'The lodgings at the end of girlhood are not as advertised...'
The weight of our bodies, the heat of them; the thick waist of history; and the crush of possible futures, these poems reside on the lip of contemporary womanhood.
Soap is the debut collection of Western Australian poet Charlotte Guest.
'Sometimes a poet's voice seems to land with a satisfying thump, fully formed. Charlotte Guest's is one such voice. Her elegant, tender and surprising lyrics are tuned, in her words, in 'invisible forces'. Her learning, worn light, makes the suburban world strange and familiar all at once. Investigating in her debut Soap 'the lodgings at the end of girlhood' with both wit and heart-aching ambivalence, Guest is one to watch.'
- Lucy Dougan
'These are clear-eyed poems, both tough and tender. Guest casts applied light across the everyday.'
- Emily Stewart
Recent Work Press
'The epigraph that Charlotte Guest chooses to preface her collection, Soap, comes from Fay Zwicky, the acclaimed Western Australian poet: “Is anyone ever ready for exactly who they are?” It is particularly apposite a question for it is difficult to remember when reading such mature and thought-through poems that this is first collection from a poet herself is still a young adult. In Soap she connects us to a reality of her cohort of young women approaching adulthood through her own ‘examined life’. I am with Lucy Dougan in believing that Charlotte Guest is “one to watch” and hope this is just the start of a career in poetry.'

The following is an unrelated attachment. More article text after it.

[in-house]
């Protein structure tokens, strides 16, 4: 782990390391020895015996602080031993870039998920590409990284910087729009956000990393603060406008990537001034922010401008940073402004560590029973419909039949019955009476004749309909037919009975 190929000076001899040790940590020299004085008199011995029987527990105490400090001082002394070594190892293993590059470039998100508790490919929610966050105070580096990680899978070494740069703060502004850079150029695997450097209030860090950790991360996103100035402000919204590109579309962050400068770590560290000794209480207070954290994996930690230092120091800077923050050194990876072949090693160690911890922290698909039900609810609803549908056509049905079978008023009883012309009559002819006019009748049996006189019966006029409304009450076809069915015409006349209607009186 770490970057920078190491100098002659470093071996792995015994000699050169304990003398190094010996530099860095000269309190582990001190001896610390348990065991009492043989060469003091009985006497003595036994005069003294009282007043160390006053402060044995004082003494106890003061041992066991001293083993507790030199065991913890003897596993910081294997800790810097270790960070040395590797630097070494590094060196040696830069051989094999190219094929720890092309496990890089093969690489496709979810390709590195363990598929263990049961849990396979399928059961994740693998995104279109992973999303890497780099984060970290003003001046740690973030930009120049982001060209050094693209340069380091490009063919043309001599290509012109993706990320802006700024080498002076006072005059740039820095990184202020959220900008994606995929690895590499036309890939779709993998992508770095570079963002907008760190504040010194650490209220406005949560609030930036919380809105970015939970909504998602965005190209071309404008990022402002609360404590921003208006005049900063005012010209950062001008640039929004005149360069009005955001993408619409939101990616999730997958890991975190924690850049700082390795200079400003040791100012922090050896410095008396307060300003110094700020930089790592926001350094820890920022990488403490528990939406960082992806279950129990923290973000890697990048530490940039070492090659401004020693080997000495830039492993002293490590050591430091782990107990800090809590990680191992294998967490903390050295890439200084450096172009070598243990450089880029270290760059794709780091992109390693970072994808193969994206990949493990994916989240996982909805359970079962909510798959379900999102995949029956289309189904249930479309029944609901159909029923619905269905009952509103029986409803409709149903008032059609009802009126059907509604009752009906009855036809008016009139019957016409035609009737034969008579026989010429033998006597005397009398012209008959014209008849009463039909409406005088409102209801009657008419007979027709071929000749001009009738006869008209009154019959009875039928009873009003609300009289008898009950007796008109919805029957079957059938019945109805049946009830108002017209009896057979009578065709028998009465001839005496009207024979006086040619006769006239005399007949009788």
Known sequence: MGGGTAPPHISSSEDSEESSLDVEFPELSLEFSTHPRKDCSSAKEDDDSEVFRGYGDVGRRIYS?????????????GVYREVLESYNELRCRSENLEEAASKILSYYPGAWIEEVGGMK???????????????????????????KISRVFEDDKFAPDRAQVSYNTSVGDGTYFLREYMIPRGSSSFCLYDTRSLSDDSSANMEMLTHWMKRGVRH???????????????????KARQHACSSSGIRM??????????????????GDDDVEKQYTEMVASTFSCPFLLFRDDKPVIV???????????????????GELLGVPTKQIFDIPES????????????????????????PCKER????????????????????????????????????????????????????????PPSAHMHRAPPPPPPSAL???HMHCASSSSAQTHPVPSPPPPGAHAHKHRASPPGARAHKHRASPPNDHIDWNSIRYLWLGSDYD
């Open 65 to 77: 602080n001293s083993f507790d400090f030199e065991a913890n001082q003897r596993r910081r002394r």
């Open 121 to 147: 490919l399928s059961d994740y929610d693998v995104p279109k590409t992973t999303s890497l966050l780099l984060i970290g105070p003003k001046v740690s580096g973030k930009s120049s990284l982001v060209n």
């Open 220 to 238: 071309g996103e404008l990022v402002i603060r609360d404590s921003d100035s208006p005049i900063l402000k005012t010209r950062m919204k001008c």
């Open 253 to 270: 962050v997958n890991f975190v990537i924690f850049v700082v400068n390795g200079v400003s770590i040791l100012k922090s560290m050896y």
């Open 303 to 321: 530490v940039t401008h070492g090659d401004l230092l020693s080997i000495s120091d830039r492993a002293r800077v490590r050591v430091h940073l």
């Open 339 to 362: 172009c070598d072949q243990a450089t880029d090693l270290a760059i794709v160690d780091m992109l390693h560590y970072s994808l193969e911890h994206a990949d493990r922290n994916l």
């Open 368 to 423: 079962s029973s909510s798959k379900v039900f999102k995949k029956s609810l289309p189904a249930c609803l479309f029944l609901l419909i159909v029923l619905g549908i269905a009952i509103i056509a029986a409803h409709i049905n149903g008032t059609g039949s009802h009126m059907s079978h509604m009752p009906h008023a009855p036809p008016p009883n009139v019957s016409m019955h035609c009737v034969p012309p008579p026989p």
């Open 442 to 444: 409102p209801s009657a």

- Angela Gardner, foam:e.
'In Soap, Charlotte Guest writes a beautifully lyrical and imagist poetry that is finely tuned to the concerns of a contemporary young woman: sex, body image, gender politics, family relationships and the loss of friends... Soap is a stellar debut collection.'
- Phillip Hall, Plumwood Mountain.
'What makes it a striking first book is the way individual poems are stand-alone pieces with their own dynamic and their own stance towards the world...Soap [is marked] by a system of high standards which result in poems quite unlike each other.'
- Martin Duwell, Australian Poetry Review.